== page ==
The GAO lacks jurisdiction to determine whether an offeror is a service-disabled veteran-owned small business.
In a recent bid protest decision, the GAO rejected the protester’s creative attempt to convince the GAO to take jurisdiction, and confirmed that, for non-VA acquisitions, the SBA has sole authority to determine whether an offeror is an SDVOSB.
The GAO ordinarily lacks jurisdiction to consider a protest of a task or delivery order under a DoD multiple-award contract unless the value of the order exceeds $25 million.
In a recent bid protest decision, the DoD confirmed that the 2017 National Defense Authorization Act upped the jurisdictional threshold for DoD task orders from $10 million to $25 million.
Patent ambiguities present in the solicitation for an Indefinite Delivery/Indefinite Quantity procurement must be protested prior to the close of proposal submission for the base contract—waiting to protest at the task order level may be too late.
A recent GAO decision shows that when an IDIQ solicitation contains an obvious ambiguity, the rule is “speak now or forever hold your peace.” By the time task order competitions get rolling, the chance to protest will likely be gone.
Earlier this month, the GAO released a comprehensive report detailing the trends in government contracting over a five-year period (from fiscal year 2011 through 2015). The entire report is available here. If you have a few hours to spare, it’s worth a read; if not, this post will summarize a few of its most eye-catching nuggets.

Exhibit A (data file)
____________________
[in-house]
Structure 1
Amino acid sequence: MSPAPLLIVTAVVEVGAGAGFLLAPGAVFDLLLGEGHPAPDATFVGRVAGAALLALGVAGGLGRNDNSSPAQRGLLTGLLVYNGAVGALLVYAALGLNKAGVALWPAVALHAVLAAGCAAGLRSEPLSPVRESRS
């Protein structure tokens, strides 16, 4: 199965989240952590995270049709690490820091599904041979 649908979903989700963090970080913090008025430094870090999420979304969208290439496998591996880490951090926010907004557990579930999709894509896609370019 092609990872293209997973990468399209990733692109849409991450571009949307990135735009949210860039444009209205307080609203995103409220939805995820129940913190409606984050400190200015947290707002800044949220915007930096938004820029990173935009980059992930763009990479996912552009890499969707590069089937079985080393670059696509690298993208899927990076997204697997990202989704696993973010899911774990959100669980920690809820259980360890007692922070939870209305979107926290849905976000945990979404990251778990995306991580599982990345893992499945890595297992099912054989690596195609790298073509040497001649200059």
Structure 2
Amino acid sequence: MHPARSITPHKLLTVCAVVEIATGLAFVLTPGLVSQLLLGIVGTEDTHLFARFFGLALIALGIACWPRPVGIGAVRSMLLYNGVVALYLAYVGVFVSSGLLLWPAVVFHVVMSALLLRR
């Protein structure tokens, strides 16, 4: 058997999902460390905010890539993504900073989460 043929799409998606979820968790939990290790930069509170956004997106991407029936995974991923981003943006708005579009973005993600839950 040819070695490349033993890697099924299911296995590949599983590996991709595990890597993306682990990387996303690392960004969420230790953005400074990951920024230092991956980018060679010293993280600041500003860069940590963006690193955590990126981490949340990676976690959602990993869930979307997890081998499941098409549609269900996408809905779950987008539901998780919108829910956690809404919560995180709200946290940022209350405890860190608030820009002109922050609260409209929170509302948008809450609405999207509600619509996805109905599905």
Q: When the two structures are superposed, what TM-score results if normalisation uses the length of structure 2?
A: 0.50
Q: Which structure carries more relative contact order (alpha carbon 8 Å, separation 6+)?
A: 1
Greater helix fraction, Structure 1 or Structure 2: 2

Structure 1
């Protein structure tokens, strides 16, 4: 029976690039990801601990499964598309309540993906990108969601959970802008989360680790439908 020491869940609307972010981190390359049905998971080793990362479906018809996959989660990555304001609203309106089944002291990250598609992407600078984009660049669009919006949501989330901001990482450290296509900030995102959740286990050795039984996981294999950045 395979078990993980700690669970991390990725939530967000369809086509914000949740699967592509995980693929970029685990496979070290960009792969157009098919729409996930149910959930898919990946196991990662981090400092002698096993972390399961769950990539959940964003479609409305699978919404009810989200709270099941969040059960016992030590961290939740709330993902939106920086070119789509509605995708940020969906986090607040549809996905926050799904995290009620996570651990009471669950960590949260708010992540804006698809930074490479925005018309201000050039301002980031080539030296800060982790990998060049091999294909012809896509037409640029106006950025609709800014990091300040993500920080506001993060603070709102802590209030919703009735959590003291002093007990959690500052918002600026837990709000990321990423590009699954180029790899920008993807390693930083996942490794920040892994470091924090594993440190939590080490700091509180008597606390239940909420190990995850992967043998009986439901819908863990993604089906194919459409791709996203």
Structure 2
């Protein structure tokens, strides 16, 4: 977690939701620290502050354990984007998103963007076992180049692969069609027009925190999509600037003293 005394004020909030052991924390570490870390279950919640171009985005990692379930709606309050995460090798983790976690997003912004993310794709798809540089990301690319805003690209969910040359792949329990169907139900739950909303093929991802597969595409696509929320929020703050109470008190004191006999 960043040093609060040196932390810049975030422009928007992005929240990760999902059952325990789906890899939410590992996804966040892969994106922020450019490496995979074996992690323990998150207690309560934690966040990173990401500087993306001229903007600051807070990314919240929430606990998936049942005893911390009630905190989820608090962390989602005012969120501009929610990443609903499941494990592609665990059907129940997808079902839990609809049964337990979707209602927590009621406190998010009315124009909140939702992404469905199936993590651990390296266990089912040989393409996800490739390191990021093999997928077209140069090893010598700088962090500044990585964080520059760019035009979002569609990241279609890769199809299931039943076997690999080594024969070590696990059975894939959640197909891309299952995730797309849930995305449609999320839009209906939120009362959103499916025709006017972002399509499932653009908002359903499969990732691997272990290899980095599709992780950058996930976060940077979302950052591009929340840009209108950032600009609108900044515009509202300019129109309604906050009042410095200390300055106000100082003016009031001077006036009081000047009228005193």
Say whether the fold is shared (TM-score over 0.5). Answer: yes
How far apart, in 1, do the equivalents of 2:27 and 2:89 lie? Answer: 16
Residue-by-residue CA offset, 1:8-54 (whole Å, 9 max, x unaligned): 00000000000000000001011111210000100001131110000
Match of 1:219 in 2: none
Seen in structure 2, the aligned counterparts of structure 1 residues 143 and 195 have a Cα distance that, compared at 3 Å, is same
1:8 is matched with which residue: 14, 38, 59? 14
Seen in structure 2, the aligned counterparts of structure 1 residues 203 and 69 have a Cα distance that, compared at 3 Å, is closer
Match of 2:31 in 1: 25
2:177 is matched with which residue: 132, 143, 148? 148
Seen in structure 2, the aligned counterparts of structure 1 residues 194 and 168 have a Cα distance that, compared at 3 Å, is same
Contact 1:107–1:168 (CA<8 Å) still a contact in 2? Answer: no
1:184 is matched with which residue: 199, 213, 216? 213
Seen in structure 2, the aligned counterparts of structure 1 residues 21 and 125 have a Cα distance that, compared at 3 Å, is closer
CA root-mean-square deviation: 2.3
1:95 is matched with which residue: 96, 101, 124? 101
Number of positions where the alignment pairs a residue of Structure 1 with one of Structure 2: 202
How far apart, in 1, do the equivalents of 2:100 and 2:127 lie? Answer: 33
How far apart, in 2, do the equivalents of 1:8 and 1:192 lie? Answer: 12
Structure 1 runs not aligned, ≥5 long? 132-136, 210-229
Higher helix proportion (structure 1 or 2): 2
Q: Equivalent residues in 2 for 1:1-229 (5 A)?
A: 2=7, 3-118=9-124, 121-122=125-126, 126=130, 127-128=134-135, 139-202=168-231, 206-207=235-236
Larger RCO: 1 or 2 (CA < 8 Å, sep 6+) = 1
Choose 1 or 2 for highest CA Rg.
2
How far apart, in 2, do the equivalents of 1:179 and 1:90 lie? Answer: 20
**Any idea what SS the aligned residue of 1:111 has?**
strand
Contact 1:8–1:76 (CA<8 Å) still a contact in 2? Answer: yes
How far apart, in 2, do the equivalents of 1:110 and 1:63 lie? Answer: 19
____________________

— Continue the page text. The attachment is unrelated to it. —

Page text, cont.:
The mantra of March Madness is “survive and advance,” but the Kansas Jayhawks did more than that in their 32-point win over Purdue last night. Here in Lawrence, we’re waiting for tomorrow night’s Elite Eight showdown with Oregon. And since waiting is always better with some good reading material, it’s time for the SmallGovCon Week In Review.
In this week’s edition, a look at how President Trump’s proposed military budget will impact customers, a contractor agrees to a whopping $45 million payout to settle allegations of overcharging the government, the Army contends that protests are “nearly automatic,” and much more.
An agency’s task order award was improper because the order was outside the scope of the underlying IDIQ contract.
In Threat Management Group, LLC, GAO sustained a protest holding that the Air Force violated the Competition in Contracting Act by issuing a task order for some work beyond the scope of the awardee’s IDIQ contract. GAO’s decision highlights the fact that an order must be within the scope of the underlying contract–and the award of an out-of-scope order can be successfully challenged in a bid protest. Continue reading
The 2017 National Defense Authorization Act restores the GAO’s recently-expired jurisdiction to hear protests of civilian task and delivery orders valued in excess of $10 million.
The 2017 NDAA also continues to allow the GAO to hear protests of DoD task and delivery orders–but raises the jurisdictional threshold to $25 million.